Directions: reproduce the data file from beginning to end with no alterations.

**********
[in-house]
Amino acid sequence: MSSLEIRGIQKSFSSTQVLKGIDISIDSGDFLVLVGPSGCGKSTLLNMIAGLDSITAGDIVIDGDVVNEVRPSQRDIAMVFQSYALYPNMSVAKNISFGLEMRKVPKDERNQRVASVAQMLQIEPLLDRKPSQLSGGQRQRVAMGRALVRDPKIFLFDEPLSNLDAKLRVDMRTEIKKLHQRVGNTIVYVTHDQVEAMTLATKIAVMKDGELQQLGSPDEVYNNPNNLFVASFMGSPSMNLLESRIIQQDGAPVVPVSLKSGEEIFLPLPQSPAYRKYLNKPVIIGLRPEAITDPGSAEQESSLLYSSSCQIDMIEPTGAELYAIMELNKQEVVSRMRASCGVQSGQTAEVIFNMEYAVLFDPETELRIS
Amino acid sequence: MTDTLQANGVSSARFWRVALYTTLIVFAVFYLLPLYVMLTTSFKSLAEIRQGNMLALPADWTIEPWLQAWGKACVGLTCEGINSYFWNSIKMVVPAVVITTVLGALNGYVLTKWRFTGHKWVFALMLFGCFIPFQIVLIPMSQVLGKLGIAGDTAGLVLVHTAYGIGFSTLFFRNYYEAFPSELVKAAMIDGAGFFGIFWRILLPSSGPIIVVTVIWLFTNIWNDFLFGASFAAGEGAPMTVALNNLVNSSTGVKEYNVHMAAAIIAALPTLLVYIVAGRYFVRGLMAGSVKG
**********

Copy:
[in-house]
Amino acid sequence: MSSLEIRGIQKSFSSTQVLKGIDISIDSGDFLVLVGPSGCGKSTLLNMIAGLDSITAGDIVIDGDVVNEVRPSQRDIAMVFQSYALYPNMSVAKNISFGLEMRKVPKDERNQRVASVAQMLQIEPLLDRKPSQLSGGQRQRVAMGRALVRDPKIFLFDEPLSNLDAKLRVDMRTEIKKLHQRVGNTIVYVTHDQVEAMTLATKIAVMKDGELQQLGSPDEVYNNPNNLFVASFMGSPSMNLLESRIIQQDGAPVVPVSLKSGEEIFLPLPQSPAYRKYLNKPVIIGLRPEAITDPGSAEQESSLLYSSSCQIDMIEPTGAELYAIMELNKQEVVSRMRASCGVQSGQTAEVIFNMEYAVLFDPETELRIS
Amino acid sequence: MTDTLQANGVSSARFWRVALYTTLIVFAVFYLLPLYVMLTTSFKSLAEIRQGNMLALPADWTIEPWLQAWGKACVGLTCEGINSYFWNSIKMVVPAVVITTVLGALNGYVLTKWRFTGHKWVFALMLFGCFIPFQIVLIPMSQVLGKLGIAGDTAGLVLVHTAYGIGFSTLFFRNYYEAFPSELVKAAMIDGAGFFGIFWRILLPSSGPIIVVTVIWLFTNIWNDFLFGASFAAGEGAPMTVALNNLVNSSTGVKEYNVHMAAAIIAALPTLLVYIVAGRYFVRGLMAGSVKG